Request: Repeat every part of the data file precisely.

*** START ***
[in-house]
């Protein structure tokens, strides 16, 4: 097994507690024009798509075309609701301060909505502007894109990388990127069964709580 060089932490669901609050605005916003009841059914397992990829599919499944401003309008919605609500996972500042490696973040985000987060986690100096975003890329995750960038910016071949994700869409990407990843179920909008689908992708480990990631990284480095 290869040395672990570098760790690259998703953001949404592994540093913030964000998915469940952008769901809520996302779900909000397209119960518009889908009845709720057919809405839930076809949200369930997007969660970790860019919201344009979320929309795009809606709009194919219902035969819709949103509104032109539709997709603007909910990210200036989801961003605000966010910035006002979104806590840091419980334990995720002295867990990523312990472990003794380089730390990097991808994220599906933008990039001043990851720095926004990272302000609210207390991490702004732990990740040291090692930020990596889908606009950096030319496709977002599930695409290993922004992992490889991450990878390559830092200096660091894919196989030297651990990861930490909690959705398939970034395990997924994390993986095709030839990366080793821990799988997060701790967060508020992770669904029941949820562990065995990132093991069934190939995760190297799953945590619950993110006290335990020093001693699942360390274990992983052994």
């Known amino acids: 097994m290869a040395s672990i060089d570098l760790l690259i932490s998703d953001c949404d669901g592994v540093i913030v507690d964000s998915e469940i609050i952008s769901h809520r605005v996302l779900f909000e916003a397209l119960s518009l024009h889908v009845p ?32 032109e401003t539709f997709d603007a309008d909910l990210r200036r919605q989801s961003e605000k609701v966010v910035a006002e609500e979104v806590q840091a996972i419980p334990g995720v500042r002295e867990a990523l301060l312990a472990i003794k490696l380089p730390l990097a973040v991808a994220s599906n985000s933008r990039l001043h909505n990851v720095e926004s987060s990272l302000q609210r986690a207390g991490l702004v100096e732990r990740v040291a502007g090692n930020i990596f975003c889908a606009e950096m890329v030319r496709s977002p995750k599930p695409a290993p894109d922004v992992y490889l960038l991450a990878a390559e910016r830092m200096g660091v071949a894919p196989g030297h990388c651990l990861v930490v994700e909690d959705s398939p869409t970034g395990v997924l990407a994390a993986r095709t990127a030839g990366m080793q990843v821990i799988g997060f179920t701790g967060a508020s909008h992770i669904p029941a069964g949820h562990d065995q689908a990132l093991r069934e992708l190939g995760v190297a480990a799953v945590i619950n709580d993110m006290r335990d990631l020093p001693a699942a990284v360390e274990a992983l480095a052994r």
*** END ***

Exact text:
[in-house]
């Protein structure tokens, strides 16, 4: 097994507690024009798509075309609701301060909505502007894109990388990127069964709580 060089932490669901609050605005916003009841059914397992990829599919499944401003309008919605609500996972500042490696973040985000987060986690100096975003890329995750960038910016071949994700869409990407990843179920909008689908992708480990990631990284480095 290869040395672990570098760790690259998703953001949404592994540093913030964000998915469940952008769901809520996302779900909000397209119960518009889908009845709720057919809405839930076809949200369930997007969660970790860019919201344009979320929309795009809606709009194919219902035969819709949103509104032109539709997709603007909910990210200036989801961003605000966010910035006002979104806590840091419980334990995720002295867990990523312990472990003794380089730390990097991808994220599906933008990039001043990851720095926004990272302000609210207390991490702004732990990740040291090692930020990596889908606009950096030319496709977002599930695409290993922004992992490889991450990878390559830092200096660091894919196989030297651990990861930490909690959705398939970034395990997924994390993986095709030839990366080793821990799988997060701790967060508020992770669904029941949820562990065995990132093991069934190939995760190297799953945590619950993110006290335990020093001693699942360390274990992983052994």
């Known amino acids: 097994m290869a040395s672990i060089d570098l760790l690259i932490s998703d953001c949404d669901g592994v540093i913030v507690d964000s998915e469940i609050i952008s769901h809520r605005v996302l779900f909000e916003a397209l119960s518009l024009h889908v009845p ?32 032109e401003t539709f997709d603007a309008d909910l990210r200036r919605q989801s961003e605000k609701v966010v910035a006002e609500e979104v806590q840091a996972i419980p334990g995720v500042r002295e867990a990523l301060l312990a472990i003794k490696l380089p730390l990097a973040v991808a994220s599906n985000s933008r990039l001043h909505n990851v720095e926004s987060s990272l302000q609210r986690a207390g991490l702004v100096e732990r990740v040291a502007g090692n930020i990596f975003c889908a606009e950096m890329v030319r496709s977002p995750k599930p695409a290993p894109d922004v992992y490889l960038l991450a990878a390559e910016r830092m200096g660091v071949a894919p196989g030297h990388c651990l990861v930490v994700e909690d959705s398939p869409t970034g395990v997924l990407a994390a993986r095709t990127a030839g990366m080793q990843v821990i799988g997060f179920t701790g967060a508020s909008h992770i669904p029941a069964g949820h562990d065995q689908a990132l093991r069934e992708l190939g995760v190297a480990a799953v945590i619950n709580d993110m006290r335990d990631l020093p001693a699942a990284v360390e274990a992983l480095a052994r």